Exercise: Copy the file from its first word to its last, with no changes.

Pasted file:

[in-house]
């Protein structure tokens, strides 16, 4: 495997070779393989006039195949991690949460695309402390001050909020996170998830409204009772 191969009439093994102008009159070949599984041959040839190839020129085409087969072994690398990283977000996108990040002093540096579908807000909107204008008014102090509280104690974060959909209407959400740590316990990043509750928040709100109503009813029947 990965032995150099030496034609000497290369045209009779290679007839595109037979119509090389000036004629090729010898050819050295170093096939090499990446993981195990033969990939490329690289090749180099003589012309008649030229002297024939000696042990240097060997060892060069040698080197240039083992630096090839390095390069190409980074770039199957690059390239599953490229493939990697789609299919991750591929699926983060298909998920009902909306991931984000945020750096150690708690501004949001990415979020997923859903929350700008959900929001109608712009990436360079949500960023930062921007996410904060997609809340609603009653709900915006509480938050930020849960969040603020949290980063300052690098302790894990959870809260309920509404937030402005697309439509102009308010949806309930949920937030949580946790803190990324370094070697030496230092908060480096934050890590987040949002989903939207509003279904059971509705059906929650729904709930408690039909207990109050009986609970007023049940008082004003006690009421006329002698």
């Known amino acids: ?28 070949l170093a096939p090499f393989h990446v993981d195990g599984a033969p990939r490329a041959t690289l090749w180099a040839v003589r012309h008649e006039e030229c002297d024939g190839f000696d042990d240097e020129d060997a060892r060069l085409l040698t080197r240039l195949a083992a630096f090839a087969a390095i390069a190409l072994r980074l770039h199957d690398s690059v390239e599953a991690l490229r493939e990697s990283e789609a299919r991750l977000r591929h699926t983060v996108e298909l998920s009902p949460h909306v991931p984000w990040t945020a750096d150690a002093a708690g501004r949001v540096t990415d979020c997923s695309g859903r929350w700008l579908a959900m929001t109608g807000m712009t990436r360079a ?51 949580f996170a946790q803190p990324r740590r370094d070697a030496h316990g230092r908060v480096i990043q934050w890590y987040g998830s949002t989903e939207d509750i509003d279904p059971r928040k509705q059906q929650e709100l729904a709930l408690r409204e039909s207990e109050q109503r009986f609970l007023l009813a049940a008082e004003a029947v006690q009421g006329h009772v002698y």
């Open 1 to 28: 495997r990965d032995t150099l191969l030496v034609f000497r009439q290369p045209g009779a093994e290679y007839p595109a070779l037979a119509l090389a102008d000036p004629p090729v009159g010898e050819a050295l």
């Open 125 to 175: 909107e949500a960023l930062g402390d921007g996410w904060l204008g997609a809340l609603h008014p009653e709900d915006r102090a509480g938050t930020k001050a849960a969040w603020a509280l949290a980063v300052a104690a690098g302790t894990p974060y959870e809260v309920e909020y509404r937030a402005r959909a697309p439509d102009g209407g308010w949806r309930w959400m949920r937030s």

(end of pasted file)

[in-house]
């Protein structure tokens, strides 16, 4: 495997070779393989006039195949991690949460695309402390001050909020996170998830409204009772 191969009439093994102008009159070949599984041959040839190839020129085409087969072994690398990283977000996108990040002093540096579908807000909107204008008014102090509280104690974060959909209407959400740590316990990043509750928040709100109503009813029947 990965032995150099030496034609000497290369045209009779290679007839595109037979119509090389000036004629090729010898050819050295170093096939090499990446993981195990033969990939490329690289090749180099003589012309008649030229002297024939000696042990240097060997060892060069040698080197240039083992630096090839390095390069190409980074770039199957690059390239599953490229493939990697789609299919991750591929699926983060298909998920009902909306991931984000945020750096150690708690501004949001990415979020997923859903929350700008959900929001109608712009990436360079949500960023930062921007996410904060997609809340609603009653709900915006509480938050930020849960969040603020949290980063300052690098302790894990959870809260309920509404937030402005697309439509102009308010949806309930949920937030949580946790803190990324370094070697030496230092908060480096934050890590987040949002989903939207509003279904059971509705059906929650729904709930408690039909207990109050009986609970007023049940008082004003006690009421006329002698």
């Known amino acids: ?28 070949l170093a096939p090499f393989h990446v993981d195990g599984a033969p990939r490329a041959t690289l090749w180099a040839v003589r012309h008649e006039e030229c002297d024939g190839f000696d042990d240097e020129d060997a060892r060069l085409l040698t080197r240039l195949a083992a630096f090839a087969a390095i390069a190409l072994r980074l770039h199957d690398s690059v390239e599953a991690l490229r493939e990697s990283e789609a299919r991750l977000r591929h699926t983060v996108e298909l998920s009902p949460h909306v991931p984000w990040t945020a750096d150690a002093a708690g501004r949001v540096t990415d979020c997923s695309g859903r929350w700008l579908a959900m929001t109608g807000m712009t990436r360079a ?51 949580f996170a946790q803190p990324r740590r370094d070697a030496h316990g230092r908060v480096i990043q934050w890590y987040g998830s949002t989903e939207d509750i509003d279904p059971r928040k509705q059906q929650e709100l729904a709930l408690r409204e039909s207990e109050q109503r009986f609970l007023l009813a049940a008082e004003a029947v006690q009421g006329h009772v002698y």
């Open 1 to 28: 495997r990965d032995t150099l191969l030496v034609f000497r009439q290369p045209g009779a093994e290679y007839p595109a070779l037979a119509l090389a102008d000036p004629p090729v009159g010898e050819a050295l």
């Open 125 to 175: 909107e949500a960023l930062g402390d921007g996410w904060l204008g997609a809340l609603h008014p009653e709900d915006r102090a509480g938050t930020k001050a849960a969040w603020a509280l949290a980063v300052a104690a690098g302790t894990p974060y959870e809260v309920e909020y509404r937030a402005r959909a697309p439509d102009g209407g308010w949806r309930w959400m949920r937030s």